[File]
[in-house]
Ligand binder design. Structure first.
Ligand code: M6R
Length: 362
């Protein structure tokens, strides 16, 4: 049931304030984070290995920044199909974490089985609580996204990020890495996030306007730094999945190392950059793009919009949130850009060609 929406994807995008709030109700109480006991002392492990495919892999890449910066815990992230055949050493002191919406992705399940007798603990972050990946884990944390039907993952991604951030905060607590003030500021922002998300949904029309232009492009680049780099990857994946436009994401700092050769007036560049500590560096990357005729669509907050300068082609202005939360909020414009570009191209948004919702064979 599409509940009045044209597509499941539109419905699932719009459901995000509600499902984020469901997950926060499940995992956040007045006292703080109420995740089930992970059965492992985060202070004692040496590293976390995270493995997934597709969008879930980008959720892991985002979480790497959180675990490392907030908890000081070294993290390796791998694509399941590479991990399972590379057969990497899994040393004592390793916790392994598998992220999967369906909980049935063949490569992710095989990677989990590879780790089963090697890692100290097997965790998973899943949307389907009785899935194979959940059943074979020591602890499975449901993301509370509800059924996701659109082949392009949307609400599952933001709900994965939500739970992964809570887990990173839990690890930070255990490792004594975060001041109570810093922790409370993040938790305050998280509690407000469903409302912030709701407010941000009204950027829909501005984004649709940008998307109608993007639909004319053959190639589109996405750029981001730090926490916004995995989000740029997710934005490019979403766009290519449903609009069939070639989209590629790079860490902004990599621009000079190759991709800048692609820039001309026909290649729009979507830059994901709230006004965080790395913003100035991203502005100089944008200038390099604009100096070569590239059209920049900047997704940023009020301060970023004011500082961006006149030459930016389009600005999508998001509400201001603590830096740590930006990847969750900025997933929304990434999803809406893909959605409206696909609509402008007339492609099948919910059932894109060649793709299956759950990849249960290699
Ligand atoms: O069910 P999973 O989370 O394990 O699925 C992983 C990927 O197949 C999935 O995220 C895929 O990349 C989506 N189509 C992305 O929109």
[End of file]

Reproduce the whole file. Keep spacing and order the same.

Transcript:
[in-house]
Ligand binder design. Structure first.
Ligand code: M6R
Length: 362
């Protein structure tokens, strides 16, 4: 049931304030984070290995920044199909974490089985609580996204990020890495996030306007730094999945190392950059793009919009949130850009060609 929406994807995008709030109700109480006991002392492990495919892999890449910066815990992230055949050493002191919406992705399940007798603990972050990946884990944390039907993952991604951030905060607590003030500021922002998300949904029309232009492009680049780099990857994946436009994401700092050769007036560049500590560096990357005729669509907050300068082609202005939360909020414009570009191209948004919702064979 599409509940009045044209597509499941539109419905699932719009459901995000509600499902984020469901997950926060499940995992956040007045006292703080109420995740089930992970059965492992985060202070004692040496590293976390995270493995997934597709969008879930980008959720892991985002979480790497959180675990490392907030908890000081070294993290390796791998694509399941590479991990399972590379057969990497899994040393004592390793916790392994598998992220999967369906909980049935063949490569992710095989990677989990590879780790089963090697890692100290097997965790998973899943949307389907009785899935194979959940059943074979020591602890499975449901993301509370509800059924996701659109082949392009949307609400599952933001709900994965939500739970992964809570887990990173839990690890930070255990490792004594975060001041109570810093922790409370993040938790305050998280509690407000469903409302912030709701407010941000009204950027829909501005984004649709940008998307109608993007639909004319053959190639589109996405750029981001730090926490916004995995989000740029997710934005490019979403766009290519449903609009069939070639989209590629790079860490902004990599621009000079190759991709800048692609820039001309026909290649729009979507830059994901709230006004965080790395913003100035991203502005100089944008200038390099604009100096070569590239059209920049900047997704940023009020301060970023004011500082961006006149030459930016389009600005999508998001509400201001603590830096740590930006990847969750900025997933929304990434999803809406893909959605409206696909609509402008007339492609099948919910059932894109060649793709299956759950990849249960290699
Ligand atoms: O069910 P999973 O989370 O394990 O699925 C992983 C990927 O197949 C999935 O995220 C895929 O990349 C989506 N189509 C992305 O929109």